The rabbit brood of eight bunnies is about nine weeks old. The doe was bred on March 17, she kindled on April 17. I removed the doe from the grow-out pen last week when the bunnies were about eight weeks old and put her back into her hutch. Now the little ones have it all to themselves. I'll process them mid-July at about twelve weeks.
The doe probably stopped nursing the bunnies several weeks ago. At 8 weeks she seemed to be getting somewhat irritated by their commotion. Wild rabbits would probably be on their own at this point. Another reason to get the mother out of the grow-out pen is the feed issue. The little ones are given all the food they can eat, which is a lot as they are growing fast. Once the mother stops nursing, her feed should be rationed or she will get overweight, which can lead to problems with her pregnancy. With the little ones getting fed free choice she will eat all she can when she is in their pen, so out she came. She's a big girl, probably at least twelve pounds.
I was doing some 'back of the envelope' estimates of how much food the bunnies provide. She will be bred again after this litter is processed, and if she has another eight kits that is sixteen this year. Her only litter last year was ten kits, so it could likely be more. That's sixteen kits that will clean out to a bit less than four pounds apiece, let's say about sixty pounds total. Not bad for a high quality meat, 23% protein and low in fat.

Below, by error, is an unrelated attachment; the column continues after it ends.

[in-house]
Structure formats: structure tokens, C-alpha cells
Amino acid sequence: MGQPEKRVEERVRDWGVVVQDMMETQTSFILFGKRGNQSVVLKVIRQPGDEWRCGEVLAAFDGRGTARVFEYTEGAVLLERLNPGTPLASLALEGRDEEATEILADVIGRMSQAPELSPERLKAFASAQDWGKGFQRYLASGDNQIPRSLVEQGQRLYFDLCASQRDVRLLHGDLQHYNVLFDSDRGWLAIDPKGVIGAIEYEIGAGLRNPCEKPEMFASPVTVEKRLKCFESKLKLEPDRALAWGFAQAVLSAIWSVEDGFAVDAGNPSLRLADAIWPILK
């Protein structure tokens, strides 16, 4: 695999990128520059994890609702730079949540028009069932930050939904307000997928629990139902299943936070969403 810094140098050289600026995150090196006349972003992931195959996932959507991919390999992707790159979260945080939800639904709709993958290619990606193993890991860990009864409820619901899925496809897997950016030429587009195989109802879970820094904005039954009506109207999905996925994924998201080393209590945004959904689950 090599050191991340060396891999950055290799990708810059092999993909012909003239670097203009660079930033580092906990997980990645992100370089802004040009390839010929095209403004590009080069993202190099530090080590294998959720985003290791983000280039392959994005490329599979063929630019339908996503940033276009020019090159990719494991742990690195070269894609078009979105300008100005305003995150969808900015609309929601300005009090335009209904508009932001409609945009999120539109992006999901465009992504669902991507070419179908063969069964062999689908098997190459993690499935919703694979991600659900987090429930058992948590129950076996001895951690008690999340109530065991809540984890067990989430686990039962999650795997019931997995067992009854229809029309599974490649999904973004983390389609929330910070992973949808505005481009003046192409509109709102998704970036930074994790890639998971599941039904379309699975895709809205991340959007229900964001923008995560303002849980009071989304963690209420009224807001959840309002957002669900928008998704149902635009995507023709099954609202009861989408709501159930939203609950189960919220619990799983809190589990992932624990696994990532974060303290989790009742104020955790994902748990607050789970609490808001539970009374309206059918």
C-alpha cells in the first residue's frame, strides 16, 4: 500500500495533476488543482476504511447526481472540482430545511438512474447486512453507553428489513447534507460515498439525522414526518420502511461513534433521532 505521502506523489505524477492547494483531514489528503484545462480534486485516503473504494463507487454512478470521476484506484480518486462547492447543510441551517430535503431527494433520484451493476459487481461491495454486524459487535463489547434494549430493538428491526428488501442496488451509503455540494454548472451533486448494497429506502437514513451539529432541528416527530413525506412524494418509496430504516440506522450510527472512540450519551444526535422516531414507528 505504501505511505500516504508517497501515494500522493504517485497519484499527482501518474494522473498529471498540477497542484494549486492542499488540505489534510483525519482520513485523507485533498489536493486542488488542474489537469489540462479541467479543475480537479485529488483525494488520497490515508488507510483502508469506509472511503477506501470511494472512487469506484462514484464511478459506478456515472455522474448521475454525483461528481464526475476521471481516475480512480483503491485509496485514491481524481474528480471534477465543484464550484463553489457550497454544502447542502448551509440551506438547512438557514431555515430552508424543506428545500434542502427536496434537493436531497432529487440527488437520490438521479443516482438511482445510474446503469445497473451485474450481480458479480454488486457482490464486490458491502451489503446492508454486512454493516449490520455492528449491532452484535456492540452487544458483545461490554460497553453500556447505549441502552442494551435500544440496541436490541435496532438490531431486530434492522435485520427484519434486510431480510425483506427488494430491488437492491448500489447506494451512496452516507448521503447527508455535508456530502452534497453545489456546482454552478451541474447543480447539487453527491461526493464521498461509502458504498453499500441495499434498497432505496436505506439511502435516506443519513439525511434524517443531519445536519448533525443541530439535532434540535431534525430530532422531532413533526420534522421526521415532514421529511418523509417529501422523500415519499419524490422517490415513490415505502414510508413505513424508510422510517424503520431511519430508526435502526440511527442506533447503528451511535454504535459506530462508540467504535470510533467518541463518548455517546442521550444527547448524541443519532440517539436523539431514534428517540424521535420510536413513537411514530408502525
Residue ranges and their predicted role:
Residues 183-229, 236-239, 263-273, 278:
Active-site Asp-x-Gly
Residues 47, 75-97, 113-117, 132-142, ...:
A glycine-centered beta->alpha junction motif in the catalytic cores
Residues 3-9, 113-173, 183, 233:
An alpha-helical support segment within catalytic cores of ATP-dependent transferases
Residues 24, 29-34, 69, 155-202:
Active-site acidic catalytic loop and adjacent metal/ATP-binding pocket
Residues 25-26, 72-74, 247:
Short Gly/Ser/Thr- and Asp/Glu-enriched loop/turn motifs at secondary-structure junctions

From each rabbit there are about four generous servings of 'prime cuts' - the legs and back tenderloins. The back with ribs and the belly meat can be boiled for stock. Rabbit stock is excellent. The meat removed after making stock makes another generous serving of pulled meat. It makes a delicious barbecue. That works out to five meat servings per rabbit, plus some stock for other things, probably about a pint per rabbit. Then there's the liver, which I like. For their size the liver of a rabbit is large, and two livers make a generous serving. That works out to eighty meat servings and eight servings of liver for the year. Not bad. I'm estimating that the total price of feed is about $150. I could save a little money by getting another doe, that way the buck would be doing double duty, but unless I can find some people to sell to that is a lot of rabbit meat. Mostly though it is nice to know that I have a supply of high quality meat that I raise myself.
In other garden doings - the first brassica bed was weeded then seeded with berseem clover and buckwheat as a cover crop. I haven't had much success with berseem clover thus far. Maybe mixing it with buckwheat will help it along. I want the clover in the mix as it will fix nitrogen. After seeding I spread a layer of compost over the seeds. I expect the rest of the cole crops will be out in a few weeks, although I will leave the broccoli in to see if any more heads develop.
I took the string trimmer and laid waste to the oats in the squash bed. Next year, no oats, just field peas. The winter squash are starting to get somewhere, and the Fortex beans have made it to the top of the trellis, while the Kentucky Blue plants are working their way up the strings.
Lastly, I seeded another summer squash as a backup, in case the present squash gets the borer. I figure there is about a one in two chance of borer destruction. I only grow one summer squash at a time, that is more than enough squash, and frankly for a green vegetable I like beans and okra better, although they are all good mixed together. Until next time. . .